Review: Everything I Don’t Remember

September 3, 2016 in Book Reviews, Contemporary, Translated Literature

I received this book for free from Publisher in exchange for an honest review. This does not affect my opinion of the book or the content of my review.

Review: Everything I Don’t RememberEverything I Don't Remember by Rachel Willson-Broyles (Translator)
Published by Scribner UK on 2nd June 2016
Genres: European Literature, Contemporary, Mystery
Format: Hardback
Source: Publisher
Goodreads
four-stars

A young man called Samuel dies, but was it an accident or suicide? An unnamed writer with an agenda of his own sets out to piece together Samuel's story. Through conversations with friends, relatives and neighbours, a portrait emerges: the loving grandchild, the reluctant bureaucrat, the loyal friend, the contrived poser. The young man who would do anything for his girlfriend Laide and share everything with his friend Vandad. Until Vandad, marginalised and broke, desperate to get closer to Samuel, drives a wedge between the friends, and Samuel loses them both.

Everything I Don't Remember is an enthralling tale of love and memory. It is also the story of a writer who, in filling out the contours of Samuel's life, is trying to grasp a universal truth - in the end, how do we account for the substance of a life?

A young man, Samuel, is killed in a car crash. But was it an accident or was it suicide? An anonymous author decides to uncover the truth.

Everything I Don’t Remember is written as transcripts from the author’s interviews with Samuel’s family and friends.

At no point does our interviewer tell us who is talking. He jumps from person to person as he relays their memories of Samuel.  Despite this format, it’s actually easy to follow once you become accustomed to it.

This is a work of translated fiction. It’s been translated from Swedish, and is done very well. It’s a very timely novel, relevant to society across Europe right now.

Our anonymous author focusses his interviews on Samuel’s friend Panther, his best friend Vandad and his ex-girlfirend Laide, all in the effort of trying to uncover what happened that April afternoon.

So we jump back and forth between the memories and perspectives of the interviewees. But whose version of events is most accurate? Is Vandad, who tells of his solid relationship with his best friend, actually the free rider that Laide says he is? Are Laide’s memories of life with Samuel accurate or is Vandad’s darker image of her more true?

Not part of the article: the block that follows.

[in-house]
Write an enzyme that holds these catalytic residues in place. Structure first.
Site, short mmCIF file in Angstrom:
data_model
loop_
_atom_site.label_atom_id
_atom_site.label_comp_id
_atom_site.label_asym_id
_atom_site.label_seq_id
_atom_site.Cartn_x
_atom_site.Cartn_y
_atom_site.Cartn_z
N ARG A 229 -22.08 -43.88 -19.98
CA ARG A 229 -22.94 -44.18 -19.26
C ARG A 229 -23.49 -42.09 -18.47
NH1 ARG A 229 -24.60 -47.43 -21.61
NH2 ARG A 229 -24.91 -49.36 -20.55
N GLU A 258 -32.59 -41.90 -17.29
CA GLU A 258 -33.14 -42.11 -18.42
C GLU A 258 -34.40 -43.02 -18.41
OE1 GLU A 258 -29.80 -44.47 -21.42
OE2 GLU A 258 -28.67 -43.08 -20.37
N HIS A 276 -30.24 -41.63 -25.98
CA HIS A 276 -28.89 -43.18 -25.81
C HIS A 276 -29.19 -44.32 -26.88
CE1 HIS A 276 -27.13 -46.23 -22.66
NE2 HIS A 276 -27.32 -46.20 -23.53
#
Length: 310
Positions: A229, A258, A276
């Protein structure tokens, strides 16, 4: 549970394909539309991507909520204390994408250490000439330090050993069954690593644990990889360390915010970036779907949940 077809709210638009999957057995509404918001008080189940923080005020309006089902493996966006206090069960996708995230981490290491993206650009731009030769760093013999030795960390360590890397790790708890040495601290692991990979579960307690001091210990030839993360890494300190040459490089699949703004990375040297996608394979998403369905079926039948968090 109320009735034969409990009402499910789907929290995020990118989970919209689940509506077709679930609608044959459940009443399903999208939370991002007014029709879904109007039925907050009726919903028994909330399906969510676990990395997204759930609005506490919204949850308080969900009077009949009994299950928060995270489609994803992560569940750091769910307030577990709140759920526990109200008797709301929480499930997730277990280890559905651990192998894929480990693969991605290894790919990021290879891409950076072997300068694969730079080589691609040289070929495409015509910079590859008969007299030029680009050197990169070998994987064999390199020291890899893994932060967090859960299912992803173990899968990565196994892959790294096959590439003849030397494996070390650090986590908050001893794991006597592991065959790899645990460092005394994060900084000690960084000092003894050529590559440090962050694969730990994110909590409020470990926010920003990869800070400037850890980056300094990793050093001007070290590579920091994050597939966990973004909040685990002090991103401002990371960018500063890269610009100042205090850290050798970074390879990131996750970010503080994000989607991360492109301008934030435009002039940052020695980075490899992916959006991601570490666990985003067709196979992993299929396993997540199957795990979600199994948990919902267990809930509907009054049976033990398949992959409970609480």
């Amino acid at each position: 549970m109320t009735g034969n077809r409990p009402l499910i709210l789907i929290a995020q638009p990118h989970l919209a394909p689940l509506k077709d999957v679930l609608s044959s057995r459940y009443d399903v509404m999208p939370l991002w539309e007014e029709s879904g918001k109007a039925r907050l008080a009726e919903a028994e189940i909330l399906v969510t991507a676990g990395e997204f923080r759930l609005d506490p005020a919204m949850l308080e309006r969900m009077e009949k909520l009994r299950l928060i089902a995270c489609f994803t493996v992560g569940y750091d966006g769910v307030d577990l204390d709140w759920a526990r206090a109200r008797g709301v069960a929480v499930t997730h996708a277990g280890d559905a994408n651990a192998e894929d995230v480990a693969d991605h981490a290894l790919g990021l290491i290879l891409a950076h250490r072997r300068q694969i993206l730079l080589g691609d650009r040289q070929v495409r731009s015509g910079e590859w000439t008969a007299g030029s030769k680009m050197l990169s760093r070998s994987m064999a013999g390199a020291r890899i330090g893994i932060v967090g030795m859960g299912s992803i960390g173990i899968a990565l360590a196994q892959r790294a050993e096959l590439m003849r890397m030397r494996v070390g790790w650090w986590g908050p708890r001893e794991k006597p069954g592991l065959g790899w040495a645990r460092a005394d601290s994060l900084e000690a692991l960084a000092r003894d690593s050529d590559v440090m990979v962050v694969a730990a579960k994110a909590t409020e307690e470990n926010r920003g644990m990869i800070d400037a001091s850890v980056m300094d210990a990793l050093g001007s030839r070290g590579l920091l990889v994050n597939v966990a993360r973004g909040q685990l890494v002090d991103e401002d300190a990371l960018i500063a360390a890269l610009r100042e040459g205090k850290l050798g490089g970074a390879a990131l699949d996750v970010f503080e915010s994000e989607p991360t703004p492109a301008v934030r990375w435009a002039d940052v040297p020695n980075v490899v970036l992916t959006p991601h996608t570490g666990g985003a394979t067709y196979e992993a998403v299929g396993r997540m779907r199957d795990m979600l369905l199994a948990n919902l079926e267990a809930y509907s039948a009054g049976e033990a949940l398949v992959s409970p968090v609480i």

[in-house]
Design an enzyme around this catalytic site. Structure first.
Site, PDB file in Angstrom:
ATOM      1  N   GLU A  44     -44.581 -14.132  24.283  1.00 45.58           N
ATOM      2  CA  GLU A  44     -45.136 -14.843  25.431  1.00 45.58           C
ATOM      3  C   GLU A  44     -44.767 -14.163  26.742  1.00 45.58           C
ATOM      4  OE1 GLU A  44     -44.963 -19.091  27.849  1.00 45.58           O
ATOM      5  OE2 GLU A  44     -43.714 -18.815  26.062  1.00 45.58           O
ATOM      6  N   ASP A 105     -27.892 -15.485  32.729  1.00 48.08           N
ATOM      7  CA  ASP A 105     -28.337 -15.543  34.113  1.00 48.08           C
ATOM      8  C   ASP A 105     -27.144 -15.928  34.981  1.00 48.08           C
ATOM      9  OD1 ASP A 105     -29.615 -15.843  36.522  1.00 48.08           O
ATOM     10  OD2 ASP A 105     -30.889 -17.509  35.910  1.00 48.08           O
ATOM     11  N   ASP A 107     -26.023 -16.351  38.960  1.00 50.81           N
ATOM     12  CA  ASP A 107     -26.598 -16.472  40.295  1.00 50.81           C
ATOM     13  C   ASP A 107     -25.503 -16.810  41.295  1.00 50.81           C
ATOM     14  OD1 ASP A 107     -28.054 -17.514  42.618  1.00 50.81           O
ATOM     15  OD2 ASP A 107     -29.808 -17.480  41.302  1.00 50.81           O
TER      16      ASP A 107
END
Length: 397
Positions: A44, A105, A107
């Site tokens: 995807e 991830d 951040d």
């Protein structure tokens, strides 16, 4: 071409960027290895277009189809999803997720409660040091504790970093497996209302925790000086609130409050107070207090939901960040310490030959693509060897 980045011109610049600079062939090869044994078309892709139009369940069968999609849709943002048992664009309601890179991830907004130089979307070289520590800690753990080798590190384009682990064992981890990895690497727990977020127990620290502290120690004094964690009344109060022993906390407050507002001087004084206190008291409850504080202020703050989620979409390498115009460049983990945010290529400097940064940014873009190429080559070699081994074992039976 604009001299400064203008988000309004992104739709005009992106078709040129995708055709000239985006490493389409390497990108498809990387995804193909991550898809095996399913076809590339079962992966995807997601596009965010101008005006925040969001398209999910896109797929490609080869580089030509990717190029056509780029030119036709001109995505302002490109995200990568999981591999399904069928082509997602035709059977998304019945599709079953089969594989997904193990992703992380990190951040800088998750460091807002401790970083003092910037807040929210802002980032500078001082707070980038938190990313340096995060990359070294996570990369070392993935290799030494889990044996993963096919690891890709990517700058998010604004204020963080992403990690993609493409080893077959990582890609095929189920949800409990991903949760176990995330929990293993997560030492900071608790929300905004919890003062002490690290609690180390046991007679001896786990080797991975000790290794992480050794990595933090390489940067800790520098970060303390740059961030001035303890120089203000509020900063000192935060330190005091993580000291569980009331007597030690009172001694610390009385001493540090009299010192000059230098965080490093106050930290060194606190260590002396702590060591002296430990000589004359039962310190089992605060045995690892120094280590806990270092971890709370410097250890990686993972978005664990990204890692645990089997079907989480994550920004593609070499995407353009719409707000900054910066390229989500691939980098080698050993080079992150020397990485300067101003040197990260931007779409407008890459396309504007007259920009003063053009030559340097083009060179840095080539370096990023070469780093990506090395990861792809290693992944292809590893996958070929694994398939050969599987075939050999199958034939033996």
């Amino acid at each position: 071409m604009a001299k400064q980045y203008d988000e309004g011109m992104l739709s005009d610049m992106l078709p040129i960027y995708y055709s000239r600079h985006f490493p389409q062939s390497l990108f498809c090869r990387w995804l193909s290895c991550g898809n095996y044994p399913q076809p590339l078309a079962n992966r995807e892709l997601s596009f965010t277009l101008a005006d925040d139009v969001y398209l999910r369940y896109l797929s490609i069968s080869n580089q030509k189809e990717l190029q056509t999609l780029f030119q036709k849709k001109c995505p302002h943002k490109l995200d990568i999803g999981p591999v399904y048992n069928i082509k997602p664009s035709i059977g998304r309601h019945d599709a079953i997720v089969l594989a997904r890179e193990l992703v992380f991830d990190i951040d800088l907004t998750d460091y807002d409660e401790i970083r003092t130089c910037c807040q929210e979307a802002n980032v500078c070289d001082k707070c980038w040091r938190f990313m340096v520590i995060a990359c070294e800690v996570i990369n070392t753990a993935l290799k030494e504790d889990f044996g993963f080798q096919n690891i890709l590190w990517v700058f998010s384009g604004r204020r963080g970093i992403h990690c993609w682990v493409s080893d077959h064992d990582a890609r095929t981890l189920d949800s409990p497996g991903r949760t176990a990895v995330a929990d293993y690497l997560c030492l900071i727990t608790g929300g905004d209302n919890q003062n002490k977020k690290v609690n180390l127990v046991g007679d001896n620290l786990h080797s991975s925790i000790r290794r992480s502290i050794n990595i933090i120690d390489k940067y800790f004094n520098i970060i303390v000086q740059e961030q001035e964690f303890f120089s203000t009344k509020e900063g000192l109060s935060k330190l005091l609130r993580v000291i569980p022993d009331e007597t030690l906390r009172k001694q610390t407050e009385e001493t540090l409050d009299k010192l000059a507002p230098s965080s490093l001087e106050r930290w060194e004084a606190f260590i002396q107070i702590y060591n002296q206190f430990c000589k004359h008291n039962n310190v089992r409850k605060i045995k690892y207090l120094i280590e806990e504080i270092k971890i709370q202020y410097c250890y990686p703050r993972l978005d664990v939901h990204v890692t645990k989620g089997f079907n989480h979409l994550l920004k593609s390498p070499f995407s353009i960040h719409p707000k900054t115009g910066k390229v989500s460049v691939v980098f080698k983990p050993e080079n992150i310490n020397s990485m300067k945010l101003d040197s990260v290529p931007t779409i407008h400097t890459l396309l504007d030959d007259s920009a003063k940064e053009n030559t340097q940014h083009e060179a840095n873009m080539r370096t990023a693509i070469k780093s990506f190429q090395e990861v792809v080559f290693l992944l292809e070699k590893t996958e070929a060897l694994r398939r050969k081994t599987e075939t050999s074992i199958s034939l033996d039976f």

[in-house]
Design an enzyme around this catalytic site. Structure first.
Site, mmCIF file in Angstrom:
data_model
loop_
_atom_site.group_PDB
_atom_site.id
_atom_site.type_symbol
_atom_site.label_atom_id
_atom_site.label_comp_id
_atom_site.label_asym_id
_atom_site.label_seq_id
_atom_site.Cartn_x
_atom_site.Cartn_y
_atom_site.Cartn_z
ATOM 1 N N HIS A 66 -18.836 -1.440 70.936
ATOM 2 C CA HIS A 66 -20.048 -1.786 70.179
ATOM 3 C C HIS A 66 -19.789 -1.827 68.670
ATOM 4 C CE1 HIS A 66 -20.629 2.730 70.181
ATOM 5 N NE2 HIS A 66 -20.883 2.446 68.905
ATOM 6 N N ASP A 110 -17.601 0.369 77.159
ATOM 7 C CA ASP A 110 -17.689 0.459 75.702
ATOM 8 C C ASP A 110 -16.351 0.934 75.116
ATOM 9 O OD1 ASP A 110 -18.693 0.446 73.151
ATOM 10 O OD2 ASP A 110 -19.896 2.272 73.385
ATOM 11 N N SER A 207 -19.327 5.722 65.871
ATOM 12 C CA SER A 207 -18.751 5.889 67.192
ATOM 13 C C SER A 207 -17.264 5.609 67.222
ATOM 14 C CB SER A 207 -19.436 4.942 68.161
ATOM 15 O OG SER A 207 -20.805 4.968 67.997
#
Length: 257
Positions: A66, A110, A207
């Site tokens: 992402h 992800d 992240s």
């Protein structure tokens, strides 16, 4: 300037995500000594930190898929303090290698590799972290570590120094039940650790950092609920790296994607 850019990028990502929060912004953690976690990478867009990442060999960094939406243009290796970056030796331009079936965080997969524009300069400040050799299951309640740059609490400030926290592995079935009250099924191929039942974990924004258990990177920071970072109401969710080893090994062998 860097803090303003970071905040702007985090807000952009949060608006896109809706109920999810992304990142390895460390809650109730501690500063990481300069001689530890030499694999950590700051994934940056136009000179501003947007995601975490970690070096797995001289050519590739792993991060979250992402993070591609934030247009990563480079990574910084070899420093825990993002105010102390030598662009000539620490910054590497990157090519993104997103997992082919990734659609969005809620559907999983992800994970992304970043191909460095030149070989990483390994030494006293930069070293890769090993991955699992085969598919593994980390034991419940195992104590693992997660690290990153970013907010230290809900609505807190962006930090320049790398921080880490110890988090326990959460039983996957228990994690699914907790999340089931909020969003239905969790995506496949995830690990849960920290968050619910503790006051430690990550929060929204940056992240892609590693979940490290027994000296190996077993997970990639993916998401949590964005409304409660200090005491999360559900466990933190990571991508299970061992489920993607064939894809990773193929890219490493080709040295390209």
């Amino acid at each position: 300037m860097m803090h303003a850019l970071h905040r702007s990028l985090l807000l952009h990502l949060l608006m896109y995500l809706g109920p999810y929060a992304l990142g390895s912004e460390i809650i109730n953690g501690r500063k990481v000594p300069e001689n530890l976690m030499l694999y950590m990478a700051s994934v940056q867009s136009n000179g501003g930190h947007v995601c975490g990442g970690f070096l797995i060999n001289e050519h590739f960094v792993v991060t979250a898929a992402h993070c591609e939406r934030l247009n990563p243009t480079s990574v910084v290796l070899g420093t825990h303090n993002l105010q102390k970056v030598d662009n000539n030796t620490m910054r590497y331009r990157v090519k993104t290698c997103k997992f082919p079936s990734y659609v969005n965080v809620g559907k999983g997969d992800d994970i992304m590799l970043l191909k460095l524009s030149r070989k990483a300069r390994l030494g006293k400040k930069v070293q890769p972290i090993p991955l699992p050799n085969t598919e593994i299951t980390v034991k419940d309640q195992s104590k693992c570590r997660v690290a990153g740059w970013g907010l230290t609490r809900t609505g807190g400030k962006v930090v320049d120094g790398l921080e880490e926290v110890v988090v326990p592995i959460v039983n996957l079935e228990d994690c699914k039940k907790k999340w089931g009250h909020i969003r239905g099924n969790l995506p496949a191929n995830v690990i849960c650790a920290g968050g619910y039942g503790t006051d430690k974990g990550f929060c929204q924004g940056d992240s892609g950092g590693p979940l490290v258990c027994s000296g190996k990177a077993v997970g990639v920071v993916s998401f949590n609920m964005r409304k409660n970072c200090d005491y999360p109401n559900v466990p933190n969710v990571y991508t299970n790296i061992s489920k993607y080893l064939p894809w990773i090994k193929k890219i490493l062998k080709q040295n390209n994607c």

Basically as we read these accounts we aren’t sure who to trust. Does the truth lie in some kind of middle ground?

I enjoyed the way we jump from character to character without explanation. We go back and forth in time and place. It might sound confusing but it’s actually easy to follow once you get going.

Samuel’s grandmother suffers from dementia and we are repeatedly told of Samuel’s own poor memory. To me, it feels like the broken, jumping narrative echoes the confusion of this condition.

I should also say that this novel is predominately set in Sweden. It has been translated from Swedish, and honestly I’d never have known it was translated; it’s done so well.

While uncovering Samuel’s story, this novel also looks at immigration. Many of the characters we encounter are second generation immigrants. We also see the plight of immigrants in Sweden and the battles they face, through Samuel’s work for the Migration Board and Laide’s profession as a translator. This feels so relevant right now. It’s not a situation apposite to Sweden; it’s an issue that is currently being encountered throughout Europe. I appreciate how this issue is weaved into the story. It adds a different dimension to the novel and encaptures Sweden’s political past and present.

All in all I thoroughly enjoyed this book. I loved our unreliable narrators in the form of our interviewees. I loved trying to uncover who Samuel was, from a distance. It’s an interesting way to discover a character, looking from the outside in.

The only thing I would say about this novel is that there is a lack of closure. We are presented with evidence (however flawed it may be) and have to come to our own conclusion.

The uncertainty of the ‘evidence’, the issues of memory loss, dementia, immigration, identity and life experience all make for a fantastic read. I definitely recommend it.

four-stars